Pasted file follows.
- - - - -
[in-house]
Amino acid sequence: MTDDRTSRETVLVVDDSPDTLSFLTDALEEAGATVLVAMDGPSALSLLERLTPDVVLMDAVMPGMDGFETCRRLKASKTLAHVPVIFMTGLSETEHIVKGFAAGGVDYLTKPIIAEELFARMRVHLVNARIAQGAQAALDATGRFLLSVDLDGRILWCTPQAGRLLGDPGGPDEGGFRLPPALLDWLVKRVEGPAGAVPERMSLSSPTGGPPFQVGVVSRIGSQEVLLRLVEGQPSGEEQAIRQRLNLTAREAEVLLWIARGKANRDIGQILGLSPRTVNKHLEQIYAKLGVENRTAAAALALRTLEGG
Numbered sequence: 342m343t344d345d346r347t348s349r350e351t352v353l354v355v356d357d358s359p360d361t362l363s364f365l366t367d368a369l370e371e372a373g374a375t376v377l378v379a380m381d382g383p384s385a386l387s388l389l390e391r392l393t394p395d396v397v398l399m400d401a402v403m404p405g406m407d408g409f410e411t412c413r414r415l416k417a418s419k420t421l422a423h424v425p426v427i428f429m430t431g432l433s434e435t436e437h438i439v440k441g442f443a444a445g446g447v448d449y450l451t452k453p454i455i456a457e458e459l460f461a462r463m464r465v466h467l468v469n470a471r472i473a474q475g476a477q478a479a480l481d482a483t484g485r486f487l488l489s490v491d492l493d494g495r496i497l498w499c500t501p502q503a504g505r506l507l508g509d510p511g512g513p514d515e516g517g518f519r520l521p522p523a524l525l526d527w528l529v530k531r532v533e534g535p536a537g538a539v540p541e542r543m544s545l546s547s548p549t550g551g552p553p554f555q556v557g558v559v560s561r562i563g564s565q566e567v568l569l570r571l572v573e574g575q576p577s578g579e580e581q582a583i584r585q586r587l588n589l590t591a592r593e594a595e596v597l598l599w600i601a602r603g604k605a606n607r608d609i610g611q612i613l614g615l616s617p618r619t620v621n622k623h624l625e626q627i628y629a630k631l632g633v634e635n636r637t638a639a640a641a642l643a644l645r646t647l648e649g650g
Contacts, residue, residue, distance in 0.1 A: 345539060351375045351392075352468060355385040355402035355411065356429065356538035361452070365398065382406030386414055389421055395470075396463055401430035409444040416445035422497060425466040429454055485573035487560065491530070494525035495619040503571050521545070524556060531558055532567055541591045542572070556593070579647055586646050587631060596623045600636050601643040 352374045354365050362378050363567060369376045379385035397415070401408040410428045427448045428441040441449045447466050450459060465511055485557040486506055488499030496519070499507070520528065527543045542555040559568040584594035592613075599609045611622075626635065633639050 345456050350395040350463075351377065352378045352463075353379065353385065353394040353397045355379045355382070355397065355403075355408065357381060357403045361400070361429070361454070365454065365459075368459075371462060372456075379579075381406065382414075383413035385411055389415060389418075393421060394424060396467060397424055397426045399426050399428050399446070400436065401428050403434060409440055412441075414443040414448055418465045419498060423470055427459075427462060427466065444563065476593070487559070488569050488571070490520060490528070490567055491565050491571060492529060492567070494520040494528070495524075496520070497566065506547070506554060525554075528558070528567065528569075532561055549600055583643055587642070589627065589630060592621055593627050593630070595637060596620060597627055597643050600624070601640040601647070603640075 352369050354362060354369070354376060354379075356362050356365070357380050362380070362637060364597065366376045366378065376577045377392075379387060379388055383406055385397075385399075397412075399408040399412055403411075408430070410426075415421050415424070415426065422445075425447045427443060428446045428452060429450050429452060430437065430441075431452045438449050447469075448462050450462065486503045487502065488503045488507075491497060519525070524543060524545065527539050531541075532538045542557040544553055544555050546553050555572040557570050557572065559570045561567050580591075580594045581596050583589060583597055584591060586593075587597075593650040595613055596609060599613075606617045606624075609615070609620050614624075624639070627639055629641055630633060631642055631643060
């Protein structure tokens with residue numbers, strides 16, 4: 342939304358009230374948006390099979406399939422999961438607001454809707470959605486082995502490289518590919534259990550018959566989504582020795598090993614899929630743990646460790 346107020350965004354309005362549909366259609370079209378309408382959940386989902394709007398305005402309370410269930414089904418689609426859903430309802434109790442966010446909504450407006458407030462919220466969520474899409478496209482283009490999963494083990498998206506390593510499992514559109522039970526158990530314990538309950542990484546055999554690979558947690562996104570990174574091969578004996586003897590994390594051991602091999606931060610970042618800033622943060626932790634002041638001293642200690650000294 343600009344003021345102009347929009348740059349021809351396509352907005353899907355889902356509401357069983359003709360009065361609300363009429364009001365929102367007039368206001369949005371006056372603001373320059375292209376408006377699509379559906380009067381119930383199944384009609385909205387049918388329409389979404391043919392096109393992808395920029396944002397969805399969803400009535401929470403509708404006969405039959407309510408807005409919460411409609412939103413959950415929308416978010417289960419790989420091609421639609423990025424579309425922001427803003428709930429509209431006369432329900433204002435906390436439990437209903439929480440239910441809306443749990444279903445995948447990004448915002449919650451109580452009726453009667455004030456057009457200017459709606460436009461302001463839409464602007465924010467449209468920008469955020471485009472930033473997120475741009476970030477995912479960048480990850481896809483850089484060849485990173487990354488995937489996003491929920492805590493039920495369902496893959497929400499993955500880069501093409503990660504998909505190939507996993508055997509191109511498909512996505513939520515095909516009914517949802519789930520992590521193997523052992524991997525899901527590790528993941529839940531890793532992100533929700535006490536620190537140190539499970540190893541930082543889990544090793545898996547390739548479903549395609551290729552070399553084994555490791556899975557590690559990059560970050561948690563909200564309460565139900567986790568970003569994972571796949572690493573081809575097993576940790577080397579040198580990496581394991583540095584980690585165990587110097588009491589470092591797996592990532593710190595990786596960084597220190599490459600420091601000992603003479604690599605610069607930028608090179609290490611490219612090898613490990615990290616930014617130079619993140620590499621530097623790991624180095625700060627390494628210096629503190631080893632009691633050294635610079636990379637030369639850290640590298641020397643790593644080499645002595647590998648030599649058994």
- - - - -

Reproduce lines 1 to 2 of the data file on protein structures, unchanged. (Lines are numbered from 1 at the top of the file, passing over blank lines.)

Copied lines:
[in-house]
Amino acid sequence: MTDDRTSRETVLVVDDSPDTLSFLTDALEEAGATVLVAMDGPSALSLLERLTPDVVLMDAVMPGMDGFETCRRLKASKTLAHVPVIFMTGLSETEHIVKGFAAGGVDYLTKPIIAEELFARMRVHLVNARIAQGAQAALDATGRFLLSVDLDGRILWCTPQAGRLLGDPGGPDEGGFRLPPALLDWLVKRVEGPAGAVPERMSLSSPTGGPPFQVGVVSRIGSQEVLLRLVEGQPSGEEQAIRQRLNLTAREAEVLLWIARGKANRDIGQILGLSPRTVNKHLEQIYAKLGVENRTAAAALALRTLEGG